And in 2018, we now have many more archetypal, villainous billionaires than we’ve had since the Gilded age and ONE OF THEM IS PRESIDENT. I’d hoped that the disgusting behavior of the billionaires would drive the American people to some kind of class resentment of Trump and the plutocrat class. But The Donald has somehow become the ‘Man on Horseback‘ that the American white evangelical bloc has been praying for. Canadian Author Ronald Wright’s sadly cynical quote has never been more correct–the poorest of the evangelicals still see themselves “not as an exploited proletariat but as temporarily embarrassed millionaires.” The prosperity gospel has made it un-Christian to call out the people Jesus said couldn’t get into heaven. And Trump is a lowlife piker next to the avatar of Greed, Jeff Bezos of Amazon. He heads what may soon be the first TRILLION DOLLAR COMPANY in world history, and every one of his employees is a millionaire. Just kidding, his employees are on public assistance. His Trillion-dollar company doesn’t pay taxes either, helped along by the many provisions in the tax code that protect him and other uberwealthy folks. Bezos is following the billionaire script laid out by the billionaire Walton family, owners of Walmart. “A single Walmart Supercenter cost taxpayers between $904,542 and $1.75 million per year, or between $3,015 and $5,815 on average for each of 300 workers.” In other words, if you pay taxes, you’re subsidizing Amazon AND Walmart. And Bezos didn’t even say Thank you.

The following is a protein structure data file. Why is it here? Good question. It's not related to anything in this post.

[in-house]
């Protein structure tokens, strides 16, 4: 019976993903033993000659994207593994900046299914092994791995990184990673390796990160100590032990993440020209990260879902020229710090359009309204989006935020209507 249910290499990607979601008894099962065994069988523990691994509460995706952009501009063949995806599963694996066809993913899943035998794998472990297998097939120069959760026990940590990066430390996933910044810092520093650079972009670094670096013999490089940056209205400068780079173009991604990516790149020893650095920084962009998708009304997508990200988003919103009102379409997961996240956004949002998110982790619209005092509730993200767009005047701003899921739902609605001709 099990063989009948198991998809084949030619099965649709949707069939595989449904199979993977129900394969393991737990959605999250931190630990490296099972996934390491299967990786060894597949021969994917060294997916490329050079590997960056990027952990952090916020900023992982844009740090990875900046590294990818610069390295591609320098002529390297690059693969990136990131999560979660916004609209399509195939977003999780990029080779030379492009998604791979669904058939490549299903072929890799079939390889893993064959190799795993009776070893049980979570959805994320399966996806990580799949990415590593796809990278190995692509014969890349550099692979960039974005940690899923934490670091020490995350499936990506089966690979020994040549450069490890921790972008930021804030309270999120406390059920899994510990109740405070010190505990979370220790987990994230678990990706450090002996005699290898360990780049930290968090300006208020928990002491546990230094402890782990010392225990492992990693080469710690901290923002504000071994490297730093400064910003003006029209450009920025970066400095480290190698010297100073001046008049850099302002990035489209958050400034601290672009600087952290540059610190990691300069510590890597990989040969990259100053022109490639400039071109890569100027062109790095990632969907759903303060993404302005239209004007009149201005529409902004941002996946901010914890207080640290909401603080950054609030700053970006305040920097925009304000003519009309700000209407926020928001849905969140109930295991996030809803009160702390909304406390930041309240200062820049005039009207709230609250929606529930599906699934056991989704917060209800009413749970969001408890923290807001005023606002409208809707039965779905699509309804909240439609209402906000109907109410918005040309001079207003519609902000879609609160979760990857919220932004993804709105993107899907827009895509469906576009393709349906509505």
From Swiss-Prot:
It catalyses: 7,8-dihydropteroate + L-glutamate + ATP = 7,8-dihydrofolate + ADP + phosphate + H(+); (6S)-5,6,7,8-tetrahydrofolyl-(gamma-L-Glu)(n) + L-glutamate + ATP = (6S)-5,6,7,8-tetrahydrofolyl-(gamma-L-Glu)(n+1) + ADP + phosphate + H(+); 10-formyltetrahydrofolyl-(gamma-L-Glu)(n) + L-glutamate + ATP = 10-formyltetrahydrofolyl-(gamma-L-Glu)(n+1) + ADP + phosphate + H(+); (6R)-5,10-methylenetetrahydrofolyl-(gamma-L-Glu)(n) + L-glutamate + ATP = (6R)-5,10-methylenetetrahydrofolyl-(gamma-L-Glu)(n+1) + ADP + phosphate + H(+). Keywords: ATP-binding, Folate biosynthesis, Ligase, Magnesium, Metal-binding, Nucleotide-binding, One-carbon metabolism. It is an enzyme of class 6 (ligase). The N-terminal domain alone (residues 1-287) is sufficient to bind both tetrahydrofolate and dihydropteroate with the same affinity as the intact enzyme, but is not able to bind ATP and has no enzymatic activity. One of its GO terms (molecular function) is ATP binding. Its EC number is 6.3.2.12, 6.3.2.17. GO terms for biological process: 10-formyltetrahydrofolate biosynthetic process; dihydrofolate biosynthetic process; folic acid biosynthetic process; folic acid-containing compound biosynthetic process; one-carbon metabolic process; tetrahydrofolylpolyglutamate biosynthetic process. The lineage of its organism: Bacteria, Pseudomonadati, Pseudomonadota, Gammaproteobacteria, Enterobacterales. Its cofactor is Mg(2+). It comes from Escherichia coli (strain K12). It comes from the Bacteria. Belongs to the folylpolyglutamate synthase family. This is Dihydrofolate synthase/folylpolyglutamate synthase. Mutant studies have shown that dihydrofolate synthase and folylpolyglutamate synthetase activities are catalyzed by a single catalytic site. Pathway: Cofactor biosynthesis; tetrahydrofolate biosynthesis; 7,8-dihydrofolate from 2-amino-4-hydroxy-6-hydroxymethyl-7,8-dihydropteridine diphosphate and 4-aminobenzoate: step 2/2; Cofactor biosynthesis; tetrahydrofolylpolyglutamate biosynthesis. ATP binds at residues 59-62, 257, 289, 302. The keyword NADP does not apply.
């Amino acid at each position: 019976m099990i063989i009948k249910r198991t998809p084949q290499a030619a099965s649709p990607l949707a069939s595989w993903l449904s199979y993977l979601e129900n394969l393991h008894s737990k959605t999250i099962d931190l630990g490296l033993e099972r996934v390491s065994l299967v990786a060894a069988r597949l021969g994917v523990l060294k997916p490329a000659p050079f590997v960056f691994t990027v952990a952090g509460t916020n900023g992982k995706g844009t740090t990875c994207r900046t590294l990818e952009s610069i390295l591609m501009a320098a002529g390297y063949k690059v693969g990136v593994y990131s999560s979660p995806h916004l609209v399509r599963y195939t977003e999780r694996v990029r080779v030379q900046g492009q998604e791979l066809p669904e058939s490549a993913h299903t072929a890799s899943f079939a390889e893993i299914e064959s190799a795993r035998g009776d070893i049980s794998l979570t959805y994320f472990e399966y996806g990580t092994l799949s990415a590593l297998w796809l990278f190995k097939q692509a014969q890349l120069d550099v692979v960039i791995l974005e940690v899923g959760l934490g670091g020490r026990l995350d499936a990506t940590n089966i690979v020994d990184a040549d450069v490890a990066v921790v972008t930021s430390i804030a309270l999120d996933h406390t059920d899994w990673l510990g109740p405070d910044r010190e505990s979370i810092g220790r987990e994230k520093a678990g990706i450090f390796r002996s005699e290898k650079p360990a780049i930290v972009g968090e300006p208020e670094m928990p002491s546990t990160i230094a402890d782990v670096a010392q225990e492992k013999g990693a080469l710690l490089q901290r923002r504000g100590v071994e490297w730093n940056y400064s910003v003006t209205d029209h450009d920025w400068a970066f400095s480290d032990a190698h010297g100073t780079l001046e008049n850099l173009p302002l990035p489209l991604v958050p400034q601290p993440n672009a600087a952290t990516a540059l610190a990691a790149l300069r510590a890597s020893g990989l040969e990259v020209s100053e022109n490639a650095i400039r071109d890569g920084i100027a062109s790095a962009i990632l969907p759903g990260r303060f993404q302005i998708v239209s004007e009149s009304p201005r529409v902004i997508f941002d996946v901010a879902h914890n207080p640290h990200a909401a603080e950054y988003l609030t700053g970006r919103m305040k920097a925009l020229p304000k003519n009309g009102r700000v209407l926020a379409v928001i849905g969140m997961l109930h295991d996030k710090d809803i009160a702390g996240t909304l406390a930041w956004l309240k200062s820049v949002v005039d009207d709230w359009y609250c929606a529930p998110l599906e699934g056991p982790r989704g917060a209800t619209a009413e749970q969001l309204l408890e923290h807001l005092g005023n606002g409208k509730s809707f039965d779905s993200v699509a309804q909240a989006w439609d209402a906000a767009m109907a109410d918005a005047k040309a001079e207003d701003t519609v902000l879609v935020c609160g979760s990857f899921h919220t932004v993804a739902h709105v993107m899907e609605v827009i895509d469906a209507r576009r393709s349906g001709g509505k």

When Romney was the plutocrat in the cross-hairs during 2012, it was estimated that his investments were providing him with something like $20 Million a year. The truly desperate Lotto participants are busy with their Lotto Scratch-off games, hoping for Robin Leach’s Champagne Wishes and Caviar Dreams . They don’t know how far they’d still be from hobnobbing with Trump or Bezos or Romney even if they got lucky. One just won a thousand dollars a week for life. What he’d get per year is a bit less than Mitt Romney wakes up to EVERY DAY. That was considered somewhat obscene back in 2012, but it’s even crazier now. Bezos made $40 Billion dollars last year (not including his ‘official’ Amazon salary of $81K) thanks to the Amazon speculation in the stock market. That is a bit less than $800 million a week, or $20 million dollars an hour. Twenty million is what Romney got in a year back in 2012. Now he’s merely running for a governorship in Utah and Nobody cares about his money. He’s another ‘hundie’ that can be ignored at the restaurants that charge $100 for a glass of Perrier.


Just when you thought it was safe… Like Jason, he comes back.

One last thought. I didn’t think Guy McPherson would figure into this, but it is a pertinent meme. What does money matter when we’re torching the planet? 

economy vs environment

*A separate discussion, but the most remunerated government workers in the US are the coaches of state college football and basketball teams. Just saying.